This time in the form of a court ruling:
A special federal court ruled yesterday that vaccines do not cause autism and that thousands of families with autistic children are not entitled to compensation, delivering a major blow to an international movement that has tried for years to link childhood immunizations with the devastating disorder.
The ruling closes one chapter in a long feud that has pitted families with autistic children against the bulk of the scientific establishment. Those who believe passionately that routine childhood shots are to blame for the rising toll of autism feel they are locked in a David-and-Goliath struggle against vaccine manufacturers, corrupt scientists, federal agencies and the mainstream media. It remains to be seen whether yesterday’s ruling will end the controversy — or be seen as just more evidence of what some call a conspiracy.
The vast majority of credible scientific studies have shown — and all federal health agencies have strenuously argued — that there is no connection between vaccines and autism. And public health officials have repeatedly warned that fewer immunizations will endanger children’s lives.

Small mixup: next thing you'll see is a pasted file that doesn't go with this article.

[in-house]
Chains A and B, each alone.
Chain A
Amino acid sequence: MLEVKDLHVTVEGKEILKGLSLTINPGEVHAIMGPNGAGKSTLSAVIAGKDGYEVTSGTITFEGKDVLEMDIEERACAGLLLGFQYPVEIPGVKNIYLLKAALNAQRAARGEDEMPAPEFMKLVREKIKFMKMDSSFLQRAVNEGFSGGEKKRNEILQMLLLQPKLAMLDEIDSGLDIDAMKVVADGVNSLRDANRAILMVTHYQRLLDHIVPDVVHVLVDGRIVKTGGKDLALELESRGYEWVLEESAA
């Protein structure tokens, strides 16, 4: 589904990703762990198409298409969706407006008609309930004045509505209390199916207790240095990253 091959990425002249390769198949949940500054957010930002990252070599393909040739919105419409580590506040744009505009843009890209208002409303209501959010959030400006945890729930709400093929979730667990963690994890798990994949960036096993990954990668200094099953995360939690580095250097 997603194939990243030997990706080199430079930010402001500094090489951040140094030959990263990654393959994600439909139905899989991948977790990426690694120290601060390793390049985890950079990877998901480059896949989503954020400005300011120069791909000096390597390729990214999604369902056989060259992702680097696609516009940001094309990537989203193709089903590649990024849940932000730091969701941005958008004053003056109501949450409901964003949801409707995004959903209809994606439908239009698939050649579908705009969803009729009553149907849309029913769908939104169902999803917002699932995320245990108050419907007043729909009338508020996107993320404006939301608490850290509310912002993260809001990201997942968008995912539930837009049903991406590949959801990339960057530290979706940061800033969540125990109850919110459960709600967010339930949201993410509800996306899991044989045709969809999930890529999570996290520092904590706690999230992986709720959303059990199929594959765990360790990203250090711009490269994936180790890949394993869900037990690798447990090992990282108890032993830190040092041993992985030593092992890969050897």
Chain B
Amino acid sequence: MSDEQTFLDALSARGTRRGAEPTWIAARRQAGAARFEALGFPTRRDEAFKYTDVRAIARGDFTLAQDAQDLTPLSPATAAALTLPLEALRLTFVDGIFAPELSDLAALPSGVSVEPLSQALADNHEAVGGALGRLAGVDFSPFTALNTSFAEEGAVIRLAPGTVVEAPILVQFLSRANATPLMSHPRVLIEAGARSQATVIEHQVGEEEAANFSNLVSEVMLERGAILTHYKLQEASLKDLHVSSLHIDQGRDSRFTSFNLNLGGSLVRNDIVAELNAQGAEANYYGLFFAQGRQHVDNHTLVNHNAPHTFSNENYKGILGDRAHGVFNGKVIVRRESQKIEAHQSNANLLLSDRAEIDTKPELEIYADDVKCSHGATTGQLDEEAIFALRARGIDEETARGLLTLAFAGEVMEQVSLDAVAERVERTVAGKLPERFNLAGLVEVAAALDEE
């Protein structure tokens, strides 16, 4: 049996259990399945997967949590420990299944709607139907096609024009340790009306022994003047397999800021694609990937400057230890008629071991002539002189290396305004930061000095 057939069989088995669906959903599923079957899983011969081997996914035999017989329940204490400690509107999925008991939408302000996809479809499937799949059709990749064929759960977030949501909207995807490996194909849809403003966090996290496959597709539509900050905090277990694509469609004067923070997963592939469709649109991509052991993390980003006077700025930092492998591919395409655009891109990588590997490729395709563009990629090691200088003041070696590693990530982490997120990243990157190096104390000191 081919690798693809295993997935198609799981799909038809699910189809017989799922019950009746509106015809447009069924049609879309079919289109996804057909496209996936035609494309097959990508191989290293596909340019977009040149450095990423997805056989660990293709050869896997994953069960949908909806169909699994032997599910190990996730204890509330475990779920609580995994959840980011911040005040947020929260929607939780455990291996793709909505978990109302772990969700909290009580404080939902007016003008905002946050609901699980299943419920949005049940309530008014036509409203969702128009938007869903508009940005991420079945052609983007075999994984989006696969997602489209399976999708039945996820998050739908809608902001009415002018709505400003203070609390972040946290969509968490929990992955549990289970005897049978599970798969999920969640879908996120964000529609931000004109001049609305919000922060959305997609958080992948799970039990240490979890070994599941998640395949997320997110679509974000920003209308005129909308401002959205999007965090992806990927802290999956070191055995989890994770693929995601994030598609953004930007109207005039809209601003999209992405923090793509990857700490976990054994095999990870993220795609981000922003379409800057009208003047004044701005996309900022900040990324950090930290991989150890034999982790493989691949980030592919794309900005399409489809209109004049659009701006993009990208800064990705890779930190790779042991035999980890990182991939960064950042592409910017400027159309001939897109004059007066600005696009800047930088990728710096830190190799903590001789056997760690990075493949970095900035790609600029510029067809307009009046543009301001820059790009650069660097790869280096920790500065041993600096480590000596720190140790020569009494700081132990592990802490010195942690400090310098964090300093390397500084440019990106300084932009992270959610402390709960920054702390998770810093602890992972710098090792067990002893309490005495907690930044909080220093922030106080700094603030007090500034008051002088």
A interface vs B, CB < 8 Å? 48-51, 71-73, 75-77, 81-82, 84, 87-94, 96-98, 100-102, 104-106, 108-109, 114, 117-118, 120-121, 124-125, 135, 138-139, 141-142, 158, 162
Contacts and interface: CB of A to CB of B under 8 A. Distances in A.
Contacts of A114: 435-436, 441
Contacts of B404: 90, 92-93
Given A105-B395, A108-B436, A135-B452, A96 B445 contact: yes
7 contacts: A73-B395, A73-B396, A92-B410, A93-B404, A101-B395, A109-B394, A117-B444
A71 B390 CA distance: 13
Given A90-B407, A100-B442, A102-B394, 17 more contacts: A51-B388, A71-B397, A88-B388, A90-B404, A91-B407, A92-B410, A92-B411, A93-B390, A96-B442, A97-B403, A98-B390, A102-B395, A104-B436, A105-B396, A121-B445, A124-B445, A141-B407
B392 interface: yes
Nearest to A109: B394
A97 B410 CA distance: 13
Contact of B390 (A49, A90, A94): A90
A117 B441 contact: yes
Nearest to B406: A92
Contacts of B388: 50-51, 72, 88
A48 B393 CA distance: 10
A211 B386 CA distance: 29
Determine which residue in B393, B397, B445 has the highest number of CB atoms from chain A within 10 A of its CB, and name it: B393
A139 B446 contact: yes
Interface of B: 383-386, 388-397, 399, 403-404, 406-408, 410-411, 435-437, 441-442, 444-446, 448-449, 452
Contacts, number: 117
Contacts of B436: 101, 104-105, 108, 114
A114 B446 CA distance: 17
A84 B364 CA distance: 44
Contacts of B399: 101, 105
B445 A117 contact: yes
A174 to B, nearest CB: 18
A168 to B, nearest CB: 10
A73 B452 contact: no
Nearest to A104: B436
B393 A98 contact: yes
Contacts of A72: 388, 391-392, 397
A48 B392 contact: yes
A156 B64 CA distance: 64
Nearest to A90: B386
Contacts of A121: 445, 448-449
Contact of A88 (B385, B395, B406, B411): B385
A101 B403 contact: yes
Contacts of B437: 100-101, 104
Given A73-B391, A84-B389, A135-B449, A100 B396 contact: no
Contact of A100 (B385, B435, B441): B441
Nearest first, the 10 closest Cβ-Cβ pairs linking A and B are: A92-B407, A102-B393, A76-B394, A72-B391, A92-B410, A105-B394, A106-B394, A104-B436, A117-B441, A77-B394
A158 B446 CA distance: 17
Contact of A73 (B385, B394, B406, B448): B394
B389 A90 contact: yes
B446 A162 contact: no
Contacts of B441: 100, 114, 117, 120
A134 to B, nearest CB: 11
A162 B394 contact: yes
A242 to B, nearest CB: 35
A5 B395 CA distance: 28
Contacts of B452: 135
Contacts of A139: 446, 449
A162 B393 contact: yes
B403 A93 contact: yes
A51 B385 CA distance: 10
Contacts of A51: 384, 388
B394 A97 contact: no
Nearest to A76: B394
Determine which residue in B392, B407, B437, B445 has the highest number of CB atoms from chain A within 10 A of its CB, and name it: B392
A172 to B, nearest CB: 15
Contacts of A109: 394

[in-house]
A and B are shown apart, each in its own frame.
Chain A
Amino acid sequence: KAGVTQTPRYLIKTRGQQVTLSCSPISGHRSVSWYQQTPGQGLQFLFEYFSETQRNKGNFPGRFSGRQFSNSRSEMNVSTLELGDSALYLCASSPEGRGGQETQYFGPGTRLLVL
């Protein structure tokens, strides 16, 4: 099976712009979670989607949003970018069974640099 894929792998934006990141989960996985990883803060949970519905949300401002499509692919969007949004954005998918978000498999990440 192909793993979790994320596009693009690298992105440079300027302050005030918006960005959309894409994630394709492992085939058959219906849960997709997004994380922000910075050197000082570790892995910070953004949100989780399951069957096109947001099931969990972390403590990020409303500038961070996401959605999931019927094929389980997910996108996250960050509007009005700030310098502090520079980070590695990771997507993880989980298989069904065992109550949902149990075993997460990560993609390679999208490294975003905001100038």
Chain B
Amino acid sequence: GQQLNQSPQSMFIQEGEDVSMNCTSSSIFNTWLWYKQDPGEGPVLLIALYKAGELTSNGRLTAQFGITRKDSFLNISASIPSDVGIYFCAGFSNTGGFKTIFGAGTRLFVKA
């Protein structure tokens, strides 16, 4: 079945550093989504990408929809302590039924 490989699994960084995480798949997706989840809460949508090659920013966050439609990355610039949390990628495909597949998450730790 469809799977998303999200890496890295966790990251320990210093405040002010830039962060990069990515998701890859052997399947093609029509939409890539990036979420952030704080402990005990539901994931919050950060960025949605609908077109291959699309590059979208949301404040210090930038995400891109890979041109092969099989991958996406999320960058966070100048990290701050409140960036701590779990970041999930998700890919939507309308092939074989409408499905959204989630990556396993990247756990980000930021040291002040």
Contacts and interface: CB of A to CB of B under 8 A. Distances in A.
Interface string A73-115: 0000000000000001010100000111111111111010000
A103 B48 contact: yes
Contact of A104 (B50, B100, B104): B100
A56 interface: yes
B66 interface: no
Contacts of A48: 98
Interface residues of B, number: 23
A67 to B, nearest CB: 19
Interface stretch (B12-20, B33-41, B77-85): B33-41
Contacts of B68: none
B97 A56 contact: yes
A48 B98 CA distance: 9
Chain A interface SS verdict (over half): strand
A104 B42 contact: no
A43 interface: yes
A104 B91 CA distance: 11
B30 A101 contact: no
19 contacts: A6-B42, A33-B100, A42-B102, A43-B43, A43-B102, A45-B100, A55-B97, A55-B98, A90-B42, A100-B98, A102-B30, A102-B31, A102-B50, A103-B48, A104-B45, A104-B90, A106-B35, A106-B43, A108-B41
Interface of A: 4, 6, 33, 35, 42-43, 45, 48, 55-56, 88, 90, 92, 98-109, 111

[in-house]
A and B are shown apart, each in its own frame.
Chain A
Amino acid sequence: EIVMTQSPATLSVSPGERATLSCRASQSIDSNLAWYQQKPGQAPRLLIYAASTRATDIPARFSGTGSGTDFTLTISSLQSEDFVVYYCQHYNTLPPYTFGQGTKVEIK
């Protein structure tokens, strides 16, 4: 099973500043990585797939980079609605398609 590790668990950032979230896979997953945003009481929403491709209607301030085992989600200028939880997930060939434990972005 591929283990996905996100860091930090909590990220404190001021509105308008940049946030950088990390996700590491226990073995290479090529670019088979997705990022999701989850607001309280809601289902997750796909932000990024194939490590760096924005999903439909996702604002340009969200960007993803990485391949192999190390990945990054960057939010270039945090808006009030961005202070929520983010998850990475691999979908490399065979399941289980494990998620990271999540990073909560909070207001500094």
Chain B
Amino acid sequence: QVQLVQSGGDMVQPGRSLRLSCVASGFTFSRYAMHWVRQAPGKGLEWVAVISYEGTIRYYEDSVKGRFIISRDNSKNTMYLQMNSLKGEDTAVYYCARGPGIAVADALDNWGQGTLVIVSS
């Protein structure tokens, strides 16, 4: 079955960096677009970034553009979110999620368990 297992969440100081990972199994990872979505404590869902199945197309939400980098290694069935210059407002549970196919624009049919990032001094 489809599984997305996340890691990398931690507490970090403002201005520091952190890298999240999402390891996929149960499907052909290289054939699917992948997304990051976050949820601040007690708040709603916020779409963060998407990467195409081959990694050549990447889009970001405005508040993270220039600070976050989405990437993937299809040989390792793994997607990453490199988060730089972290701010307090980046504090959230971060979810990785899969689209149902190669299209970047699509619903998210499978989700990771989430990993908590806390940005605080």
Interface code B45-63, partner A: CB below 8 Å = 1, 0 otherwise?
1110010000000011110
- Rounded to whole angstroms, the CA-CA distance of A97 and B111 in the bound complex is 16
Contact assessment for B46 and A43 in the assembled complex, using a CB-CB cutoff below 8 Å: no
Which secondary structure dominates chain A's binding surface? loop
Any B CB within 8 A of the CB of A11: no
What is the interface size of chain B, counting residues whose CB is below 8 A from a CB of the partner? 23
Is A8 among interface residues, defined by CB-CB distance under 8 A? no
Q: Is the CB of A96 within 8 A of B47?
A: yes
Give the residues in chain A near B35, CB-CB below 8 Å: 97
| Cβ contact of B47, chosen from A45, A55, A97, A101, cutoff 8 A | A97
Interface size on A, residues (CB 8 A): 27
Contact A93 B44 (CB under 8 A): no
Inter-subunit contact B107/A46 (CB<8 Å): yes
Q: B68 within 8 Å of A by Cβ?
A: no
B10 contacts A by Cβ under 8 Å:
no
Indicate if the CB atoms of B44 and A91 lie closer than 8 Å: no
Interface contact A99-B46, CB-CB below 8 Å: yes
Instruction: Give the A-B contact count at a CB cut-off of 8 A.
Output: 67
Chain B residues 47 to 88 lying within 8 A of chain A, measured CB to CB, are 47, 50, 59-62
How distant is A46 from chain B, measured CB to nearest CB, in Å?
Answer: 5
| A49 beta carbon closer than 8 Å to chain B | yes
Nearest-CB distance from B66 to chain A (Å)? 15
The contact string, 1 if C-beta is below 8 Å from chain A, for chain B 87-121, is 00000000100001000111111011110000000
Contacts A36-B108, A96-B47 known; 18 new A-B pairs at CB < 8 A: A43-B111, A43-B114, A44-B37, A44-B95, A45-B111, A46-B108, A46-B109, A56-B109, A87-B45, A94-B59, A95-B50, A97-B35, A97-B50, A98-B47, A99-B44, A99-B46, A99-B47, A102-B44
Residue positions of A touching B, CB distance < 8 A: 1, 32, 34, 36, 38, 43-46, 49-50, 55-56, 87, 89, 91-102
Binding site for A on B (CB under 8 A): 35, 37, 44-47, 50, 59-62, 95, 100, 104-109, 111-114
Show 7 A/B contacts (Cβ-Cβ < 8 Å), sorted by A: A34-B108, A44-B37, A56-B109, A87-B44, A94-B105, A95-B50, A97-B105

Nevertheless, concerns about vaccines such as the “MMR” shot, which protects children against measles, mumps and rubella, have grown so widespread that some parents are choosing to forgo vaccinations. About one in 12 children does not receive the MMR vaccine in the United States, according to the National Center for Health Statistics.
On top of the information that the author of the study that started this may have faked his data, this has not been a good couple of weeks for those who believe in an autism/vaccine link. Again, hopefully Tim F. will have some time to talk about this, but he has been swamped lately.